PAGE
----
This paper examines one type of hybrid regime, which we call competitive authoritarianism. Such regimes are authoritarian in that they do not meet standard procedural minimum criteria for democracy. Elections are often unfair and civil liberties are frequently violated. However, they are competitive in that democratic institutions are more facades. Rather, they permit opposition groups to contest seriously for–and sometimes even win–power. The combination of autocratic rule and democratic rules creates an inherent source of tension. Consequently, competitive authoritarian regimes are characterized by periodic crises in which opposition challenges force incumbents to choose between cracking down and losing power. These crises have resulted in a variety of outcomes, ranging from authoritarian entrenchment (Malaysia, Zimbabwe) to incumbent turnover without regime change (Ukraine, Zambia) to democratization (Peru, Serbia).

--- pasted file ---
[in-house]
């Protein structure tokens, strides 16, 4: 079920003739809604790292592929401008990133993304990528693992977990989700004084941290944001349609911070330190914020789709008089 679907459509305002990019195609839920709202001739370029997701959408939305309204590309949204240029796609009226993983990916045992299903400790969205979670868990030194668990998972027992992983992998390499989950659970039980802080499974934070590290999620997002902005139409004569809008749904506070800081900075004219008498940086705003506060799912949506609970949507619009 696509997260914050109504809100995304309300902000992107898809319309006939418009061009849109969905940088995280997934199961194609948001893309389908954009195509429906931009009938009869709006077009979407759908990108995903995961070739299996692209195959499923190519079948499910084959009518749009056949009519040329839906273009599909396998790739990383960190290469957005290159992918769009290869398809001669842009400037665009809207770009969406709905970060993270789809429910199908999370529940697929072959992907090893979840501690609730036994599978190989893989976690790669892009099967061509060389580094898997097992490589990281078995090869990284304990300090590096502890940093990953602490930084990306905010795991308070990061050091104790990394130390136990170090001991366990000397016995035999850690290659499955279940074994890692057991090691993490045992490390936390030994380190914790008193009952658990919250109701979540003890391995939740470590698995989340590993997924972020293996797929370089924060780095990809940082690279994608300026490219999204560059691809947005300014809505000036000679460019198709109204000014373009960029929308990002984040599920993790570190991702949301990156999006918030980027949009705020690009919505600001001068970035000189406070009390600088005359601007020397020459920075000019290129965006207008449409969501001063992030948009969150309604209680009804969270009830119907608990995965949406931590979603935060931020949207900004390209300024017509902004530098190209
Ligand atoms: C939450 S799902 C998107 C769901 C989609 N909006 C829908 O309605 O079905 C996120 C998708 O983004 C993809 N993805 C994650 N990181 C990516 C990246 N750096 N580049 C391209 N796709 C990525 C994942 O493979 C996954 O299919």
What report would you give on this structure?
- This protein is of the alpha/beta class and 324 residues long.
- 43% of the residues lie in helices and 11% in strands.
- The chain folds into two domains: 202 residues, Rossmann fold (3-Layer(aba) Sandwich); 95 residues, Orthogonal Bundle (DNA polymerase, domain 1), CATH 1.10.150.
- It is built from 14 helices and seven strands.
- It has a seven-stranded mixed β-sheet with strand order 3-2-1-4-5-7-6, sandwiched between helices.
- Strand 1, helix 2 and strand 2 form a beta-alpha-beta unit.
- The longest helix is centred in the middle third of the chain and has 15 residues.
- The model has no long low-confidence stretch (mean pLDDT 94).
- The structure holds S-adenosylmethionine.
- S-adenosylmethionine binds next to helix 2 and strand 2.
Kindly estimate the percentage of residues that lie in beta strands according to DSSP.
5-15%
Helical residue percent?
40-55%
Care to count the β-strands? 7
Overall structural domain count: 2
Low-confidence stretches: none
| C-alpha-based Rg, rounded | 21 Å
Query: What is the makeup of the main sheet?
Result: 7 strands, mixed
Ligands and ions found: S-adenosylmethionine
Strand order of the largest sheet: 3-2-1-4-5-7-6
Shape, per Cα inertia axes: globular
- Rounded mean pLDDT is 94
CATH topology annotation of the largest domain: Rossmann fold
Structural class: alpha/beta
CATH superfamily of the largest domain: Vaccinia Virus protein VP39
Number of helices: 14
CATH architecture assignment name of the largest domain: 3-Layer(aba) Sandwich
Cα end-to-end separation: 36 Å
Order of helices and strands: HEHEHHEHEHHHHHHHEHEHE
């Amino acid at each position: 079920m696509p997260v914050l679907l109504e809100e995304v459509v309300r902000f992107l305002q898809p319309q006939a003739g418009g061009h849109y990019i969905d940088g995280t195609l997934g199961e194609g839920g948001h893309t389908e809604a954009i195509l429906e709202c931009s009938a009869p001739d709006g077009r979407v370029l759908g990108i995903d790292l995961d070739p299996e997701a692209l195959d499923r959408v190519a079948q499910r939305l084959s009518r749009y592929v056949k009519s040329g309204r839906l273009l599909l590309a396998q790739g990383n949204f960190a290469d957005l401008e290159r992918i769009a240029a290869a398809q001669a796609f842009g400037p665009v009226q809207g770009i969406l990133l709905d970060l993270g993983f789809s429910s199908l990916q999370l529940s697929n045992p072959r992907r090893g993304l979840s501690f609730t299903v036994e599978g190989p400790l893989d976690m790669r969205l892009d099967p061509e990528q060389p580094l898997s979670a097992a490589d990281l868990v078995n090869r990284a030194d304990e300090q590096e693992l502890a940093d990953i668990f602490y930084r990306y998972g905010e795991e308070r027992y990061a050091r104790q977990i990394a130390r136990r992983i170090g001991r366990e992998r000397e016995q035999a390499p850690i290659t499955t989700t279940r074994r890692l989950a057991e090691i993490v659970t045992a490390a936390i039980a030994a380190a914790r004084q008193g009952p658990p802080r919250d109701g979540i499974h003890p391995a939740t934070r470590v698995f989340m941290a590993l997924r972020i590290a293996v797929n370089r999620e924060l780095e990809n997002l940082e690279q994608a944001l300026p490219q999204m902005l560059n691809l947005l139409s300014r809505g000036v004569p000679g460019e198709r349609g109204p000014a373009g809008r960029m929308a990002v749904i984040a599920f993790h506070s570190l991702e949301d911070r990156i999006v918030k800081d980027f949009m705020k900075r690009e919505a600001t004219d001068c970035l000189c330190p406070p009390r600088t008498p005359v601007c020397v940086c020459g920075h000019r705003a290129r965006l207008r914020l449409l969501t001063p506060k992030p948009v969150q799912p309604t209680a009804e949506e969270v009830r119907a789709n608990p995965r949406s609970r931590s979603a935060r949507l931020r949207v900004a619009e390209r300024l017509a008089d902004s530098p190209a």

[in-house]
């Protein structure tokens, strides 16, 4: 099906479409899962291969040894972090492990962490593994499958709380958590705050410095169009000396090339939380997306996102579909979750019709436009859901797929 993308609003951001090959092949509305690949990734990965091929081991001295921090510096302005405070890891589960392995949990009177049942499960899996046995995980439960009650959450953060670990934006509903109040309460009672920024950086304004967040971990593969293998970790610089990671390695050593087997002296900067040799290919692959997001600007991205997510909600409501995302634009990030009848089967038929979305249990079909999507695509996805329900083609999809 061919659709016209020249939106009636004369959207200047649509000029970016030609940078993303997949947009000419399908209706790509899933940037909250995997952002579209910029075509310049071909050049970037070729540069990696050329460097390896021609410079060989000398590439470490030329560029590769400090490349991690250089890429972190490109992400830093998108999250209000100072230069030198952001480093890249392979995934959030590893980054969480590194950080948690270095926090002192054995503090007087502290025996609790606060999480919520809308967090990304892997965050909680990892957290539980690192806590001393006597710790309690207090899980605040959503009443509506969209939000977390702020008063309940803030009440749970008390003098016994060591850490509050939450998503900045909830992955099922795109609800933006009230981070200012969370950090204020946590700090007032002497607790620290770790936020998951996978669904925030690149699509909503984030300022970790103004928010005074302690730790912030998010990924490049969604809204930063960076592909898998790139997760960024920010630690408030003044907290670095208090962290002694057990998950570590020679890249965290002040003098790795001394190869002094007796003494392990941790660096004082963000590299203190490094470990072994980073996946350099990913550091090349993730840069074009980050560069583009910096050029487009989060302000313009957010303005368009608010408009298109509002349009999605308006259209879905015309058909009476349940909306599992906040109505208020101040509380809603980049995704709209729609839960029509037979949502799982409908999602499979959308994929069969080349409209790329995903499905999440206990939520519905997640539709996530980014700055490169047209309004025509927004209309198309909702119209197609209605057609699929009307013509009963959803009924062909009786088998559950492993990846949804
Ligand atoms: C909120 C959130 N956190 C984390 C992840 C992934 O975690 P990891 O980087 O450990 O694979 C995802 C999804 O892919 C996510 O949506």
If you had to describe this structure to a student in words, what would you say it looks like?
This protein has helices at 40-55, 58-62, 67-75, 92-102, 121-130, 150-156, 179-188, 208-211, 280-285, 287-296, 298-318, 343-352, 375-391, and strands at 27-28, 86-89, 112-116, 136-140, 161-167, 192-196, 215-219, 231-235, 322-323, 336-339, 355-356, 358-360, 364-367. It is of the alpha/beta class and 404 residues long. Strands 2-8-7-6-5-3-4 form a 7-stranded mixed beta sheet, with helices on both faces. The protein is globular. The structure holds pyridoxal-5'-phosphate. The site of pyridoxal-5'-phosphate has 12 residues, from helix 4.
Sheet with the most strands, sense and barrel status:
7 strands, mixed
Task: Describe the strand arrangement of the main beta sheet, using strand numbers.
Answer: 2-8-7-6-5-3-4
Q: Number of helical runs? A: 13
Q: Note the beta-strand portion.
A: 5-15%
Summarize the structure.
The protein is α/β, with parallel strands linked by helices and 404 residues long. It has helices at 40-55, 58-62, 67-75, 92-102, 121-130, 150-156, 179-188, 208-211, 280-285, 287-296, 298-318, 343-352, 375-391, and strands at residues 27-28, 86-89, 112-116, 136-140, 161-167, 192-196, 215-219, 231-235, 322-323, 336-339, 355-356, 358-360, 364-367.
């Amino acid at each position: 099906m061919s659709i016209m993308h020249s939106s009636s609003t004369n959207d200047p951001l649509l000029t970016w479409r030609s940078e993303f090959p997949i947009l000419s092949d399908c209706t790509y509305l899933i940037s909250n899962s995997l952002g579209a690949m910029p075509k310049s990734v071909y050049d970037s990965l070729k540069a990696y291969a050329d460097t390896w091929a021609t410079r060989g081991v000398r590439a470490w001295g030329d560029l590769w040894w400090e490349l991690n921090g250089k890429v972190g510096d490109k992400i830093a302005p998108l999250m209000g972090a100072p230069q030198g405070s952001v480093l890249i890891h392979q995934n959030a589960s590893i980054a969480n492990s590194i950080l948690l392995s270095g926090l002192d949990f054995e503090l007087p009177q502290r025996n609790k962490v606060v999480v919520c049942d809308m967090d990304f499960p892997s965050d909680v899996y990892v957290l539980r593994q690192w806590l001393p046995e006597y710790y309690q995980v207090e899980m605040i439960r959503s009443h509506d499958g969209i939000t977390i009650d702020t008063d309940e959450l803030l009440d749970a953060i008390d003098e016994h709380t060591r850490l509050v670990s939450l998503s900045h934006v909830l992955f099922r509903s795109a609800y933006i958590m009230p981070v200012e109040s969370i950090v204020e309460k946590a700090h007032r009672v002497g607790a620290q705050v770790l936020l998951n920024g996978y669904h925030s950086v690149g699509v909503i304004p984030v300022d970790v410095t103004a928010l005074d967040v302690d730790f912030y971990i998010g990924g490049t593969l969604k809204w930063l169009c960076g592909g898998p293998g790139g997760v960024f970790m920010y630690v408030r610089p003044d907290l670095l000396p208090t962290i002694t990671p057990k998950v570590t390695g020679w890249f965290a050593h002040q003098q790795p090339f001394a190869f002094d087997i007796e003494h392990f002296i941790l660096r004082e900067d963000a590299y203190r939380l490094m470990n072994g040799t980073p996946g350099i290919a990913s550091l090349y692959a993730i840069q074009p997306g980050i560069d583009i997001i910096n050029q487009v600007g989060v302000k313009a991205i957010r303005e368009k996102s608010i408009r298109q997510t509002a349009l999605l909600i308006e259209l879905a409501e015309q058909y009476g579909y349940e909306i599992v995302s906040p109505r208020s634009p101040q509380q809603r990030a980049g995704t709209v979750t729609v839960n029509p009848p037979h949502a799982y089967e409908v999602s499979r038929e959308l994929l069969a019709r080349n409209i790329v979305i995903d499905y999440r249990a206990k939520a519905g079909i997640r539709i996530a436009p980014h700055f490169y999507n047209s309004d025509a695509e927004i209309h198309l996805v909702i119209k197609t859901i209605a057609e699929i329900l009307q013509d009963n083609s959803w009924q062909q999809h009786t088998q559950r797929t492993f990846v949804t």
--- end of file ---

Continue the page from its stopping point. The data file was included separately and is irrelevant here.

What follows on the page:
Paper prepared for Mapping the Great Zone: Clientelism and the Boundary between Democratic and Democratizing conference, Columbia University, April 4–5, 2003. [This is a revised version of a paper prepared for the Annual Meeting of the American Political Science Association, Boston, MA, August 28-31, 2002.]